The need for digital transformation during a worldwide pandemic

The lockdown highlighted the cracks in businesses digital platforms when having to accommodate new modes of work. Much more investment is needed in communication technologies.

 

So much of the talk in the past months has been around the threat of the virus and possible toll it will have direct and through the effects of the lockdown on the economy.

Despite this valid concern the coronavirus has had the unintended consequence of accelerating a lot of changes to the way we transact and work.

Through a combination of the lockdown restrictions and health concerns, a lot of customers have adopted online shopping for the first time. If anything, the lockdown has highlighted how few retailers are geared toward online sales at scale.

“This digital transformation drive has far-reaching implications: for how we work, for the tools we use, and for businesses’ long-term relevance. It is shaping the future of our working world.”

Thibault Dousson, General Manager of Lenovo Southern Africa

Digital transformation in the workplace

An area that has seen rapid and possibly permanent changes as a result of the coronavirus has been a digital transformation in the workplace. Businesses have been forced to adapt to having significant amounts of their workforce work from home almost overnight.

This could have a significant impact on the nature and size of workplaces in the future. Thibault Dousson, General Manager of Lenovo Southern Africa explains:

COVID-19 has fundamentally altered where and how we work. Organisations that had never considered remote working have been forced to make it a reality in order to stay in business. […] During this time, we’ve learned that we can work productively and collaboratively without needing to be in the same physical space. In the future, workspaces could cater for smaller numbers of employees at any given point in time, which would offer huge cost savings”.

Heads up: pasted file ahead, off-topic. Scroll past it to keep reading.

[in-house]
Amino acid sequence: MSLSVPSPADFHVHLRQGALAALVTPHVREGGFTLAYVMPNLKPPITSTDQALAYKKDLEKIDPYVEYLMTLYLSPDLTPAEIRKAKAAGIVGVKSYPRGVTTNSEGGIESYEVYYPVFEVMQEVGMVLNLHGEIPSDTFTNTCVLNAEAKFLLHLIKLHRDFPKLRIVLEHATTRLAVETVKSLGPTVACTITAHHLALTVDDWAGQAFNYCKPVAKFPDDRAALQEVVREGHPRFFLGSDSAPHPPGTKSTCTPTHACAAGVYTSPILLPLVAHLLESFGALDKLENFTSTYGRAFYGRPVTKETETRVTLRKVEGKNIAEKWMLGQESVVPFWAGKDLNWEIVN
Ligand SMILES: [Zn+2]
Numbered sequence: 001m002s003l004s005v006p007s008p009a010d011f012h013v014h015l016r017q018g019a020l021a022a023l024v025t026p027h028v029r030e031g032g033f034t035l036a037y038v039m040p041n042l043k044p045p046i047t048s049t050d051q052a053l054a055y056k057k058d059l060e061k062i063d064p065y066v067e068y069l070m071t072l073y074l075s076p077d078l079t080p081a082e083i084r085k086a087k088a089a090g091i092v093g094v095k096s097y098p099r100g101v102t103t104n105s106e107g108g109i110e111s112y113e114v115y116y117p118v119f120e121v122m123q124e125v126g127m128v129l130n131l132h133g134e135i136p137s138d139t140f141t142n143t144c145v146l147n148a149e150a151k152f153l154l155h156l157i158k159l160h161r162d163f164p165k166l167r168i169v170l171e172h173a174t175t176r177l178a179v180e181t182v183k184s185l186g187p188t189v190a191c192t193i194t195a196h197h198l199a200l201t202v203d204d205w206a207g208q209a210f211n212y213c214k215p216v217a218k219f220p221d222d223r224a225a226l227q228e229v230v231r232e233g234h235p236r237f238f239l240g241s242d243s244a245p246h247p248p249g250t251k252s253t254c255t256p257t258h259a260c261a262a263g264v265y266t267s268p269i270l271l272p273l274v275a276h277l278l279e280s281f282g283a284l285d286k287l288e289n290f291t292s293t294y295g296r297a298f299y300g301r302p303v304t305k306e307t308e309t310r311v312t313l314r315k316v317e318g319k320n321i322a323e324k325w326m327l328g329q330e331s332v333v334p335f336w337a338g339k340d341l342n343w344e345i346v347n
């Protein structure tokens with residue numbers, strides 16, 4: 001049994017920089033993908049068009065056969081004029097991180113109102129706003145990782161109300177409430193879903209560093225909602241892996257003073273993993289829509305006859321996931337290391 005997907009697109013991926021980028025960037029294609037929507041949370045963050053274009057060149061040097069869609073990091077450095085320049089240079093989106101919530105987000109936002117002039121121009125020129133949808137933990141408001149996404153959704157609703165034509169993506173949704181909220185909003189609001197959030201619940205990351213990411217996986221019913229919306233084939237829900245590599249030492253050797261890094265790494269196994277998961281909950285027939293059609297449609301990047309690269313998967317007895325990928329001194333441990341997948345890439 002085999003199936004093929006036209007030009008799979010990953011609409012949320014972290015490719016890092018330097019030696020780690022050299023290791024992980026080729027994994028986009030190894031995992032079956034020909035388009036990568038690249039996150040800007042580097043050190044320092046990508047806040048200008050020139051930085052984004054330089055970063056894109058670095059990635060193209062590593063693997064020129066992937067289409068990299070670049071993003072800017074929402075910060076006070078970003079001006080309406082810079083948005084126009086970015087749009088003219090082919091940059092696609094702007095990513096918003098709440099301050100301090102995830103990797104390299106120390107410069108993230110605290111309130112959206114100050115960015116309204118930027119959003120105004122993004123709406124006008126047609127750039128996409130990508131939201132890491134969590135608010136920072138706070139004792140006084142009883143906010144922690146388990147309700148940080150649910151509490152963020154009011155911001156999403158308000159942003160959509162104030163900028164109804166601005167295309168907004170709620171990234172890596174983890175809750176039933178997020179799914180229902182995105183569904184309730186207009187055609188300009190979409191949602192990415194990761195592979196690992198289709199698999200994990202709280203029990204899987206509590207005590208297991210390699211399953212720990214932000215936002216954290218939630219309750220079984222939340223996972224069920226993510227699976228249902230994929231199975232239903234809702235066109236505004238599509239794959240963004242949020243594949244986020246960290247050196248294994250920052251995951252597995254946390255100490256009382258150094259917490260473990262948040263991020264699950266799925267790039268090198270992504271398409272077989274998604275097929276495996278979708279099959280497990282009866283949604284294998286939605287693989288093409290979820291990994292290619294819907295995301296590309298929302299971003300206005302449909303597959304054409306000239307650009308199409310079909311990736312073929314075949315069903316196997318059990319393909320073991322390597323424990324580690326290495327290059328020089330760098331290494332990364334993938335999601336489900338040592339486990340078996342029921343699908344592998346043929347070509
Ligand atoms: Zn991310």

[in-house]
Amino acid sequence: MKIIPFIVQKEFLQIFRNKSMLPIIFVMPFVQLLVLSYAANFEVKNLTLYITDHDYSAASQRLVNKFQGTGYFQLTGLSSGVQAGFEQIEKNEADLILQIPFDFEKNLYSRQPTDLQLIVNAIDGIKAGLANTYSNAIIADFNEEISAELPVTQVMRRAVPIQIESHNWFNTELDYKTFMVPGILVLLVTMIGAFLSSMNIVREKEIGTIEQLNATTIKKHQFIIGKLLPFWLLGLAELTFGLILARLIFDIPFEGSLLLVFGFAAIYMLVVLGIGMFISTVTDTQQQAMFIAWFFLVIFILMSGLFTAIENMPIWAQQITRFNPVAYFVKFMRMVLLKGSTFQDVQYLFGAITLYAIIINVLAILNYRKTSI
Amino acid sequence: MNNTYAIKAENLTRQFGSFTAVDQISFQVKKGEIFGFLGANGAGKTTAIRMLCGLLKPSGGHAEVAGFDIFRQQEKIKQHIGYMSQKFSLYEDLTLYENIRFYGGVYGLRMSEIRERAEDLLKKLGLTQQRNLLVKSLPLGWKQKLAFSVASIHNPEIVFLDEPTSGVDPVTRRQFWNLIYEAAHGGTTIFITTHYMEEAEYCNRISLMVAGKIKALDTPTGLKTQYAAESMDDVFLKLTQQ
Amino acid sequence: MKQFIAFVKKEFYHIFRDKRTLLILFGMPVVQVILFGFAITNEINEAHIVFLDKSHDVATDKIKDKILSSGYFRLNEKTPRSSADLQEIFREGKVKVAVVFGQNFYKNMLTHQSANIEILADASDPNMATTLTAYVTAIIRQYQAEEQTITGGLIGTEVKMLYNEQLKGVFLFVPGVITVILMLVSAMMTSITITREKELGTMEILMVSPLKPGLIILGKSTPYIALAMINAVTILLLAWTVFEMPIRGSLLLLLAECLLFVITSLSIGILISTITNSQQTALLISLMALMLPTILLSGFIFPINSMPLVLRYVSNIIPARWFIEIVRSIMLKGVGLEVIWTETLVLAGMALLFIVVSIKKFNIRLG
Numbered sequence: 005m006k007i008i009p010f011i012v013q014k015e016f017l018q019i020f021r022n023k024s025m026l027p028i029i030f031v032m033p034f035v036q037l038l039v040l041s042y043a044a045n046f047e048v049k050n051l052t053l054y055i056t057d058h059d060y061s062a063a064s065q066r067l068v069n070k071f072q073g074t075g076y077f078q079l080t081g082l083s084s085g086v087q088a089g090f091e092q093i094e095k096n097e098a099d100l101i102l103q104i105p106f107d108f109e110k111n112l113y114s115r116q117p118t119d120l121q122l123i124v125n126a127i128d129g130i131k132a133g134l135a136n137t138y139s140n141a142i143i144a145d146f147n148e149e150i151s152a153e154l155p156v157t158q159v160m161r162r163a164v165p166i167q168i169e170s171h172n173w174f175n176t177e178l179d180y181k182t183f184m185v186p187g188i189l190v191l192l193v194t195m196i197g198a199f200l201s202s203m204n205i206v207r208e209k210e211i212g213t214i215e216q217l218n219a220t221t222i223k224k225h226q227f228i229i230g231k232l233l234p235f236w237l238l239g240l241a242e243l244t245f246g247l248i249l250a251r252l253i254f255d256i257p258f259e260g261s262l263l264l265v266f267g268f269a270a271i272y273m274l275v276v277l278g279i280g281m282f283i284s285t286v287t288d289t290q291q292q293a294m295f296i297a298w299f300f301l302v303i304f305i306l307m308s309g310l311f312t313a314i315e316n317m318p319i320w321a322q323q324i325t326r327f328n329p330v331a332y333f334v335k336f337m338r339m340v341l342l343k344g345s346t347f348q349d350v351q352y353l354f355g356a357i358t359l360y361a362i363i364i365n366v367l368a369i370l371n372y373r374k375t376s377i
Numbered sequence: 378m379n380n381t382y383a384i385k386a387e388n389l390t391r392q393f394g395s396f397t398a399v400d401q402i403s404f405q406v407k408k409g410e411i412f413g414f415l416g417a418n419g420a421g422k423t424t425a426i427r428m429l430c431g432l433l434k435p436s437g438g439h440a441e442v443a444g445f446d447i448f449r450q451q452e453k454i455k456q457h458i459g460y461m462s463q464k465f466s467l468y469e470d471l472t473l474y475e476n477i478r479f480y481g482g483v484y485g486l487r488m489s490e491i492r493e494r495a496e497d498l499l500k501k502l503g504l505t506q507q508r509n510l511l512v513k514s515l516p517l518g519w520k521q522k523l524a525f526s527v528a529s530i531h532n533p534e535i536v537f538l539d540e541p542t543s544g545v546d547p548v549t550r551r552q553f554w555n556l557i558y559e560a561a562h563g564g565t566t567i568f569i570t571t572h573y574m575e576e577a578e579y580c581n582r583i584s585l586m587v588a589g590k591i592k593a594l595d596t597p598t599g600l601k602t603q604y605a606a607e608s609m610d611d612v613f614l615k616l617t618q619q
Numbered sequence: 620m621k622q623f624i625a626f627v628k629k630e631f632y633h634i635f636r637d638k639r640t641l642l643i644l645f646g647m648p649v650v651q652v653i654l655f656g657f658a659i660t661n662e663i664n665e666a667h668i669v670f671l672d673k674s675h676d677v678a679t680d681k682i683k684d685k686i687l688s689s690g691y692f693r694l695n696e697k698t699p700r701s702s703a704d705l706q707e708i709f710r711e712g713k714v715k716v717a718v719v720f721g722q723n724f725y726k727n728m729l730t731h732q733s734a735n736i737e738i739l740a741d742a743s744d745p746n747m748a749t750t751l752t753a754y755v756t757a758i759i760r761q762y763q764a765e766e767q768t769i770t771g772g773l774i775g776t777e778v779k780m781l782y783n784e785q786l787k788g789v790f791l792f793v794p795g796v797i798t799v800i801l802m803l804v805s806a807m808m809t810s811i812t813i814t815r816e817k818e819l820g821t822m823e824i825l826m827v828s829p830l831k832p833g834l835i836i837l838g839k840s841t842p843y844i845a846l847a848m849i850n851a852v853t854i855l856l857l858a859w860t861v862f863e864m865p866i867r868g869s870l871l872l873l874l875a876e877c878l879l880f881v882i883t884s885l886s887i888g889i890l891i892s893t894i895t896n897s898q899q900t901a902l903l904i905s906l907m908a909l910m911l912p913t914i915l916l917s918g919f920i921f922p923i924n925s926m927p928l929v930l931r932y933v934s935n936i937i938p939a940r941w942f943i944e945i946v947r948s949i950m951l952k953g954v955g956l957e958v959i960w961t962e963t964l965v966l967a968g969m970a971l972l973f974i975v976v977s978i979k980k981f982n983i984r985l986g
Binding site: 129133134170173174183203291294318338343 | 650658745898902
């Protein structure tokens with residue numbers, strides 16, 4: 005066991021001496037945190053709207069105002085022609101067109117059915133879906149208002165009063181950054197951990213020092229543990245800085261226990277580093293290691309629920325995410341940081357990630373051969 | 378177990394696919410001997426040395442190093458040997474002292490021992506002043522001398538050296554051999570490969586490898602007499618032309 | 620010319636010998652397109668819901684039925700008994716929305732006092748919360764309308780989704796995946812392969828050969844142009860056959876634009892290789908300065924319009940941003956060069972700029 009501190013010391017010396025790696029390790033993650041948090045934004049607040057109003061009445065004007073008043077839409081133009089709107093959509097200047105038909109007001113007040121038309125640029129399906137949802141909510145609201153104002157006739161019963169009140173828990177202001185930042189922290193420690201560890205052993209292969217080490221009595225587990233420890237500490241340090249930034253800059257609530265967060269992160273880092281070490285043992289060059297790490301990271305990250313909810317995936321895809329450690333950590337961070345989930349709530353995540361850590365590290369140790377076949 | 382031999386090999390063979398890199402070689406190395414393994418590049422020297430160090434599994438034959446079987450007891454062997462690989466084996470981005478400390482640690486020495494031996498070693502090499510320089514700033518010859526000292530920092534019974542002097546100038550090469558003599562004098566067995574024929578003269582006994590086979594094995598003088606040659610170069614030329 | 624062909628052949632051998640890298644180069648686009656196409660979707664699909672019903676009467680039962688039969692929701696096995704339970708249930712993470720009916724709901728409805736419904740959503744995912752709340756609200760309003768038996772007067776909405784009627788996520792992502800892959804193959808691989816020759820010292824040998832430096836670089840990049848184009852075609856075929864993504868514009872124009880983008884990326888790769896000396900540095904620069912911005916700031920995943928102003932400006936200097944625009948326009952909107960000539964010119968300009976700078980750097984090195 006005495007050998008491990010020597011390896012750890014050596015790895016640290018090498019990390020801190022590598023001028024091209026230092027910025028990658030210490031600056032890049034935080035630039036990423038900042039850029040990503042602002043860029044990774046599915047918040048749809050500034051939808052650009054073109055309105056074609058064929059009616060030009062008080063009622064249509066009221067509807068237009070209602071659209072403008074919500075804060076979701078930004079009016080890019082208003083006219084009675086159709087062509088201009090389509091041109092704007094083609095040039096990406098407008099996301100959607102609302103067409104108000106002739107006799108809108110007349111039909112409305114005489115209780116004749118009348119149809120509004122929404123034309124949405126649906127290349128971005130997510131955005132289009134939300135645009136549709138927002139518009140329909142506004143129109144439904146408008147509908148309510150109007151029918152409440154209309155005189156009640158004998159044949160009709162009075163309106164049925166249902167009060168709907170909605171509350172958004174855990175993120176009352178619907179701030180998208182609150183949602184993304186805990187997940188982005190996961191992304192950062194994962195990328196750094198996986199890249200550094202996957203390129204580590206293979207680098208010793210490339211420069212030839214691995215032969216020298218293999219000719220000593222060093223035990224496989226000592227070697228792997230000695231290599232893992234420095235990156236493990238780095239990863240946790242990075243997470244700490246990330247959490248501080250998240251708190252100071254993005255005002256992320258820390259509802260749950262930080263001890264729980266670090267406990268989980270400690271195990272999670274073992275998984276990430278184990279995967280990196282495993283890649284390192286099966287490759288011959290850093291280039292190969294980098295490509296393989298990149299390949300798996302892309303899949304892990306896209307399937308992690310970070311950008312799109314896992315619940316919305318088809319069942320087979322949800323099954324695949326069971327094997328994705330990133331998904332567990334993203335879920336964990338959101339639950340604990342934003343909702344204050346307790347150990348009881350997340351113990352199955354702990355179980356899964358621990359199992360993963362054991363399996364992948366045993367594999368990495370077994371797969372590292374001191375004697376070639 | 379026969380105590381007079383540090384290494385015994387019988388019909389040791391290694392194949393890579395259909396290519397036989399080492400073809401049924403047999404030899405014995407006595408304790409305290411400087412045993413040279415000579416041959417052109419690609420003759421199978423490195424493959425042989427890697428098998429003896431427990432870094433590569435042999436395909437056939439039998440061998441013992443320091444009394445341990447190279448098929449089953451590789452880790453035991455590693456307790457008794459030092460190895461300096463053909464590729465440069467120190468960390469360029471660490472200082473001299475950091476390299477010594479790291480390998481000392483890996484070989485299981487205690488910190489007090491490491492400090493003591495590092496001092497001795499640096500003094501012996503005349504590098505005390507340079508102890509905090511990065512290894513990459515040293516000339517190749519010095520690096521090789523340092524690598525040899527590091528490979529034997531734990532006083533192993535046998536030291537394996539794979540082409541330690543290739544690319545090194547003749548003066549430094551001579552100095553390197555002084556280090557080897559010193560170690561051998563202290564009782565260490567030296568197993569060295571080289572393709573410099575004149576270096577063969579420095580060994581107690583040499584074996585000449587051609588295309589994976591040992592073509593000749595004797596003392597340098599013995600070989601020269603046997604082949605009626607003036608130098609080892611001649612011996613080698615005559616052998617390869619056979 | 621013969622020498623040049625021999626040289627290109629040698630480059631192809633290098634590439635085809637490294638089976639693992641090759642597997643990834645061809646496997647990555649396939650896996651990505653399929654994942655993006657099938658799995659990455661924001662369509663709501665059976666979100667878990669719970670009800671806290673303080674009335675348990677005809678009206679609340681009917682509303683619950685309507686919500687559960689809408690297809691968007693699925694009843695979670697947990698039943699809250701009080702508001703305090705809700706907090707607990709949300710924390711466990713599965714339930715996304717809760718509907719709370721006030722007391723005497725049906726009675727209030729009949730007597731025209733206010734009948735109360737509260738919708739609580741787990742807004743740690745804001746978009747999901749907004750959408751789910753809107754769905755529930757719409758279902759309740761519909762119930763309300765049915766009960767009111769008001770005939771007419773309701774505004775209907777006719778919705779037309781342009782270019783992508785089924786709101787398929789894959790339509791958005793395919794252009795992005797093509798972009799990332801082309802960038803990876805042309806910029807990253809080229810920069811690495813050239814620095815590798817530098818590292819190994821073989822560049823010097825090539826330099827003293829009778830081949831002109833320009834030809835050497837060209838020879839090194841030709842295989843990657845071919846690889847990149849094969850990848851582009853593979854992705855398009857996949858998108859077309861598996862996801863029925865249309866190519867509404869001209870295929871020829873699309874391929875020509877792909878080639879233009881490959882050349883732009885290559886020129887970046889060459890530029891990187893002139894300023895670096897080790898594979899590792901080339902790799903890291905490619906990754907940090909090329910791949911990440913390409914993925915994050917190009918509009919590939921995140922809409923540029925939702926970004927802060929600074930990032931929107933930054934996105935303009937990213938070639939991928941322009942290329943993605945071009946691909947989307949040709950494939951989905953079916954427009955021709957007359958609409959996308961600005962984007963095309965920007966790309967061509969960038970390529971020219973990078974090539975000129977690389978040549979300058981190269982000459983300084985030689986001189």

Many businesses are still coming to grips with rapid changes, but many others have hit the ground running and are benefitting from the use of technology to keep the lights on during the lockdown.

e-Commerce during COVID-19

During this time, online shopping concierge services like OneCart have been able to meet some of the demand by providing online shopping across multiple stores for one delivery fee.

Larger retailers have teamed up with existing services to solve the problem of last-mile fulfilment. With the effects of the coronavirus likely to be felt for at least the next 12 months, it’s expected that customers will benefit with more retailers providing efficient online solutions.

This will likely see a quantum leap in the e-commerce capabilities and usage in the country that otherwise would not have been realised.

“Consumers are engaging with businesses that are digitally astute now more than ever before. Those that are able to innovate, and to make their products and services available quickly, easily and reliably, are sure to succeed; those that aren’t sufficiently transformed will likely be left behind.”

Thibault Dousson, General Manager of Lenovo Southern Africa

Utility, not luxury

The lockdown has, however, highlighted a lot of the cracks in businesses digital platforms when having to accommodate new modes of work. Much more investment is needed in communication technologies.

Connectivity is yet another bottleneck that we cannot get away from as South Africans. Lack of good quality, high speed and affordable connections will continue to hinder digital change.

Internet access needs to be treated like a utility rather than a luxury item if we’re to see businesses reach their full potential. Doussan says that “the pandemic has also made the inadequacies of many of our digital tools blatantly evident”, and adds:

“We’ve seen the need for improved sound and camera quality in our conference tools, and the urgent demand for better connectivity and the democratisation of access. In a country like South Africa, the massive schism between those who can access technology and those who can’t have had serious ramifications in the COVID-19 era”.

No longer business as usual

South African companies have largely been building the plane while in the air. Still, Dousson warns that major digital changes “have to be carefully thought through in order to be successful, and must have a strong and strategic business focus.”

This will most likely be the next phase for companies as we move to less restrictive levels of lockdown. CTOs will need to start looking at how the transformation to digital has benefitted their companies and where they haven’t.

This will likely see some companies return to business as usual as soon as possible, but many companies could well be changed permanently in ways no one would have predicted just six months ago.

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